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Angle, Paul McClelland (25 December 1900–11 May 1975), historian and museum director, was born in Mansfield, Ohio, the son of John Elmer Angle, a grocer, and Nellie Laverne McClelland. After spending his freshman year at Oberlin College, he transferred to Miami University at Ohio and graduated magna cum laude and Phi Beta Kappa in 1922. Two years later, he received an M.A. in history from the University of Illinois at Urbana-Champaign. He then took a job with the American Book Company selling textbooks and in 1925 accepted the secretaryship of a little-known historical society in Springfield, Illinois, the Abraham Lincoln Centennial Association. In 1926 he married Vesta Verne Magee, a fellow student at Miami; they had two children....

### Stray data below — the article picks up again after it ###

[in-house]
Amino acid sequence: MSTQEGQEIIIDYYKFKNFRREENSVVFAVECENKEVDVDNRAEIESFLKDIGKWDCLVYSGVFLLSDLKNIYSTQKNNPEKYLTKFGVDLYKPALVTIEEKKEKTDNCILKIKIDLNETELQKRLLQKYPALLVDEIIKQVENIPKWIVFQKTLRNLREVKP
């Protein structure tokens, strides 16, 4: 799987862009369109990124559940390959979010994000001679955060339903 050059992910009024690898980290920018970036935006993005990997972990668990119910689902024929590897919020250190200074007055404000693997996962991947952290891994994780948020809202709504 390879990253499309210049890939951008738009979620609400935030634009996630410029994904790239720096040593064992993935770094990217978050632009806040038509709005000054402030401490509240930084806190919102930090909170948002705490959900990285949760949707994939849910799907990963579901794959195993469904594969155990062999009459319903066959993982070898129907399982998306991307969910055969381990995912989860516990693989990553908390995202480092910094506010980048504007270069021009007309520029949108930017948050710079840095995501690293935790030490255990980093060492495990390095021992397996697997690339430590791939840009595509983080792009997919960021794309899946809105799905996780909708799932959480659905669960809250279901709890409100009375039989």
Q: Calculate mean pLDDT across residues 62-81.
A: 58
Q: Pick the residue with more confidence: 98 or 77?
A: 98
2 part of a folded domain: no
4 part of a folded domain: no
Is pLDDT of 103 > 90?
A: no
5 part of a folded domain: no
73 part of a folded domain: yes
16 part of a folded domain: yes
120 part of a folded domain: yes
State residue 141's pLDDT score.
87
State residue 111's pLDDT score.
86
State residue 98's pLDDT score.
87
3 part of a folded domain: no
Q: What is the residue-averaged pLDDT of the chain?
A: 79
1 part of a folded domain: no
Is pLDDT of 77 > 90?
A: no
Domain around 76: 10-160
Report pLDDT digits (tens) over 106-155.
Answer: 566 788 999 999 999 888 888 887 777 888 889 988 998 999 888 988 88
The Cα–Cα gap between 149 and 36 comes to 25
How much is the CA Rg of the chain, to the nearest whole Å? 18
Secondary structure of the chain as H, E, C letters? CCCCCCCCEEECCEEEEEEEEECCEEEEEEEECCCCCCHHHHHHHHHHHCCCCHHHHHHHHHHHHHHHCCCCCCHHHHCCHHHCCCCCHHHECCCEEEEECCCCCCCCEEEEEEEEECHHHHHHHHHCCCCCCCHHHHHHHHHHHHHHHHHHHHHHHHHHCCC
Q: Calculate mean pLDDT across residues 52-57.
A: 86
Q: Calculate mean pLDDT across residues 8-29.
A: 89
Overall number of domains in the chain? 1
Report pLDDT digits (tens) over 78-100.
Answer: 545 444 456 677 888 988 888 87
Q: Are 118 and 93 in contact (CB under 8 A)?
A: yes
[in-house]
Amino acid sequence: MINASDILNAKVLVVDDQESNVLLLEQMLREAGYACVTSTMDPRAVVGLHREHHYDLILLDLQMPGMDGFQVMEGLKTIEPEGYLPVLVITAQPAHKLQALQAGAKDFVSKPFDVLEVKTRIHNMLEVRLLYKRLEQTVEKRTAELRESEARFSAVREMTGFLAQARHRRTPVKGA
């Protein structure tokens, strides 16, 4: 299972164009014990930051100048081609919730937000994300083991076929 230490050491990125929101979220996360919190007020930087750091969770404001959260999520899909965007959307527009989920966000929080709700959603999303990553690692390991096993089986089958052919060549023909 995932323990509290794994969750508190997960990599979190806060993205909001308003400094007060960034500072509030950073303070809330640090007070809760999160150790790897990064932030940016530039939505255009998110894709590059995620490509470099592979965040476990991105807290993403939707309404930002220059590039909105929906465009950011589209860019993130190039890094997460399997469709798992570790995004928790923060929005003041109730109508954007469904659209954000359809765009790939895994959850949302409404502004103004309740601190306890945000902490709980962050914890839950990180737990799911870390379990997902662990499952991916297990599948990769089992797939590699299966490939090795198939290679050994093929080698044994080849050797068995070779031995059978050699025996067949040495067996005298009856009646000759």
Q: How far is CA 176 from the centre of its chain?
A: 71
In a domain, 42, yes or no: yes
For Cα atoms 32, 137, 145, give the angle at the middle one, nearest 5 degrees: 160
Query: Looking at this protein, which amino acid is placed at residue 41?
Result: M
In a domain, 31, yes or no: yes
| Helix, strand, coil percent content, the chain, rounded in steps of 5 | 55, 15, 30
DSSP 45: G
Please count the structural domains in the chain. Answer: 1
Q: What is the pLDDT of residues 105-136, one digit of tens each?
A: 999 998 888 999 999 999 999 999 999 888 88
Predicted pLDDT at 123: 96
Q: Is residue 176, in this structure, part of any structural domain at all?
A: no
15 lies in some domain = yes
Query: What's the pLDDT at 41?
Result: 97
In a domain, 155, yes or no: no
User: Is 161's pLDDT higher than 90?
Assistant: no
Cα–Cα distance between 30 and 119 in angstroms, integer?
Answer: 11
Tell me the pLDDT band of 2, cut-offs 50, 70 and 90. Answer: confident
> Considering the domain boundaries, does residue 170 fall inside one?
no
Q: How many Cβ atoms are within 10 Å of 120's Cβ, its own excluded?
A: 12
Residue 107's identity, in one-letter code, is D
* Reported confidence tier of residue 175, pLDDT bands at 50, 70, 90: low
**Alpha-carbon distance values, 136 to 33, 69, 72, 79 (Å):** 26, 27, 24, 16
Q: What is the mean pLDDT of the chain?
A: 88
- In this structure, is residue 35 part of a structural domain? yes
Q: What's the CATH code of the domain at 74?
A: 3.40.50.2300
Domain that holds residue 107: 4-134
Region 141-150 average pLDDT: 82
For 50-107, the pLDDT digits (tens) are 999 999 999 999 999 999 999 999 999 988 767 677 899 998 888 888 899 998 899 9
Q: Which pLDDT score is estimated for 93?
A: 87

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Anshutz, Thomas Pollock (05 October 1851–16 June 1912), artist and art teacher, was born in Newport, Kentucky, the son of Jacob Anshutz and Jane Abigail Pollock. Very little information survives about his parents or his youth, though he seems to have received an early education in Newport. In 1871 Anshutz moved to Brooklyn, New York, to study art. There he lived with an uncle who had been favorably impressed by the young man’s drawings of boats on the Ohio River. Enrolling in 1873 at the prestigious National Academy of Design in New York City, Anshutz took cast- and life-drawing classes, principally with Lemuel Everett Wilmarth....